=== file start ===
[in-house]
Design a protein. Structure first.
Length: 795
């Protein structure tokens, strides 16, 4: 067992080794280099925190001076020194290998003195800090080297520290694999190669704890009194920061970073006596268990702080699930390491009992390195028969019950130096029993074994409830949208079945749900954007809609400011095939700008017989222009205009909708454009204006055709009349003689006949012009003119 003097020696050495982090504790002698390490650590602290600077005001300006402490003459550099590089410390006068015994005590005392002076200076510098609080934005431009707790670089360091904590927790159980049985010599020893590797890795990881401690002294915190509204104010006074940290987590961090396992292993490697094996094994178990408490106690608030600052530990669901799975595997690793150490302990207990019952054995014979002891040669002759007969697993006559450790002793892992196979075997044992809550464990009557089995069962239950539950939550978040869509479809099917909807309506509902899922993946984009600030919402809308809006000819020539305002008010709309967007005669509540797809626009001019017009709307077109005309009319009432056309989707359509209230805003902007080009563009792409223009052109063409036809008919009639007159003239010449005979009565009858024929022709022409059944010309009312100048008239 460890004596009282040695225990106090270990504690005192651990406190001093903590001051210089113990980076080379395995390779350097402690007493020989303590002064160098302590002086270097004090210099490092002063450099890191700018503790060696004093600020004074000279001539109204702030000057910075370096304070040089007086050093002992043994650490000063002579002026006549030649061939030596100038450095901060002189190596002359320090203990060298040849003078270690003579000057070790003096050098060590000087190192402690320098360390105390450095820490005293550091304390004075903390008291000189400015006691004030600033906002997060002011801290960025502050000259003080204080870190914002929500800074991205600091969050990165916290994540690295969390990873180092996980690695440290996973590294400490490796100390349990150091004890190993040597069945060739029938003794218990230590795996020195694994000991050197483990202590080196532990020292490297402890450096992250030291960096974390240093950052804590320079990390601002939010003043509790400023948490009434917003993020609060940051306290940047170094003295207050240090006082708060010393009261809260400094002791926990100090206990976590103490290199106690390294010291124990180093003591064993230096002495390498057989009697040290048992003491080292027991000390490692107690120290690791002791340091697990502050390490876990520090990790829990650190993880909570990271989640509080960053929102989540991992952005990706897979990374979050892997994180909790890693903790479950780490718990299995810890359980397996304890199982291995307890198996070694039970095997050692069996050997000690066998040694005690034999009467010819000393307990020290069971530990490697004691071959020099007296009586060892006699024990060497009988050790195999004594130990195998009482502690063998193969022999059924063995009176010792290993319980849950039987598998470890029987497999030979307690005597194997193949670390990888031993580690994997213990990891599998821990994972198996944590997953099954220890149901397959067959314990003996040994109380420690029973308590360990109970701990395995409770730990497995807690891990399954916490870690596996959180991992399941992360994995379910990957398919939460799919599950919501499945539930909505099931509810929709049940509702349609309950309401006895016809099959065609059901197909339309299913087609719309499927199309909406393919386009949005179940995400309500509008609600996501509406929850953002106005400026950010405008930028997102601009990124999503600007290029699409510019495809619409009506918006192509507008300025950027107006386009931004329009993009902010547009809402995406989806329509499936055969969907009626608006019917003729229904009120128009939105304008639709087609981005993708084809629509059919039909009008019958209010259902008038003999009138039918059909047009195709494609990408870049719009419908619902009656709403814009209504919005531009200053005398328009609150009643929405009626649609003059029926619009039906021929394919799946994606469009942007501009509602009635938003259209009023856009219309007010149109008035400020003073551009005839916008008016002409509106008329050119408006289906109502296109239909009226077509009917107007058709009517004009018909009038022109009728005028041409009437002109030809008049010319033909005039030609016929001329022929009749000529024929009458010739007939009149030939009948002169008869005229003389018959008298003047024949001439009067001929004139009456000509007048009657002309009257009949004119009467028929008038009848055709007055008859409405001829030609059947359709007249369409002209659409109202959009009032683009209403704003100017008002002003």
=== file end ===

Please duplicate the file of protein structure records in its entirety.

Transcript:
[in-house]
Design a protein. Structure first.
Length: 795
């Protein structure tokens, strides 16, 4: 067992080794280099925190001076020194290998003195800090080297520290694999190669704890009194920061970073006596268990702080699930390491009992390195028969019950130096029993074994409830949208079945749900954007809609400011095939700008017989222009205009909708454009204006055709009349003689006949012009003119 003097020696050495982090504790002698390490650590602290600077005001300006402490003459550099590089410390006068015994005590005392002076200076510098609080934005431009707790670089360091904590927790159980049985010599020893590797890795990881401690002294915190509204104010006074940290987590961090396992292993490697094996094994178990408490106690608030600052530990669901799975595997690793150490302990207990019952054995014979002891040669002759007969697993006559450790002793892992196979075997044992809550464990009557089995069962239950539950939550978040869509479809099917909807309506509902899922993946984009600030919402809308809006000819020539305002008010709309967007005669509540797809626009001019017009709307077109005309009319009432056309989707359509209230805003902007080009563009792409223009052109063409036809008919009639007159003239010449005979009565009858024929022709022409059944010309009312100048008239 460890004596009282040695225990106090270990504690005192651990406190001093903590001051210089113990980076080379395995390779350097402690007493020989303590002064160098302590002086270097004090210099490092002063450099890191700018503790060696004093600020004074000279001539109204702030000057910075370096304070040089007086050093002992043994650490000063002579002026006549030649061939030596100038450095901060002189190596002359320090203990060298040849003078270690003579000057070790003096050098060590000087190192402690320098360390105390450095820490005293550091304390004075903390008291000189400015006691004030600033906002997060002011801290960025502050000259003080204080870190914002929500800074991205600091969050990165916290994540690295969390990873180092996980690695440290996973590294400490490796100390349990150091004890190993040597069945060739029938003794218990230590795996020195694994000991050197483990202590080196532990020292490297402890450096992250030291960096974390240093950052804590320079990390601002939010003043509790400023948490009434917003993020609060940051306290940047170094003295207050240090006082708060010393009261809260400094002791926990100090206990976590103490290199106690390294010291124990180093003591064993230096002495390498057989009697040290048992003491080292027991000390490692107690120290690791002791340091697990502050390490876990520090990790829990650190993880909570990271989640509080960053929102989540991992952005990706897979990374979050892997994180909790890693903790479950780490718990299995810890359980397996304890199982291995307890198996070694039970095997050692069996050997000690066998040694005690034999009467010819000393307990020290069971530990490697004691071959020099007296009586060892006699024990060497009988050790195999004594130990195998009482502690063998193969022999059924063995009176010792290993319980849950039987598998470890029987497999030979307690005597194997193949670390990888031993580690994997213990990891599998821990994972198996944590997953099954220890149901397959067959314990003996040994109380420690029973308590360990109970701990395995409770730990497995807690891990399954916490870690596996959180991992399941992360994995379910990957398919939460799919599950919501499945539930909505099931509810929709049940509702349609309950309401006895016809099959065609059901197909339309299913087609719309499927199309909406393919386009949005179940995400309500509008609600996501509406929850953002106005400026950010405008930028997102601009990124999503600007290029699409510019495809619409009506918006192509507008300025950027107006386009931004329009993009902010547009809402995406989806329509499936055969969907009626608006019917003729229904009120128009939105304008639709087609981005993708084809629509059919039909009008019958209010259902008038003999009138039918059909047009195709494609990408870049719009419908619902009656709403814009209504919005531009200053005398328009609150009643929405009626649609003059029926619009039906021929394919799946994606469009942007501009509602009635938003259209009023856009219309007010149109008035400020003073551009005839916008008016002409509106008329050119408006289906109502296109239909009226077509009917107007058709009517004009018909009038022109009728005028041409009437002109030809008049010319033909005039030609016929001329022929009749000529024929009458010739007939009149030939009948002169008869005229003389018959008298003047024949001439009067001929004139009456000509007048009657002309009257009949004119009467028929008038009848055709007055008859409405001829030609059947359709007249369409002209659409109202959009009032683009209403704003100017008002002003």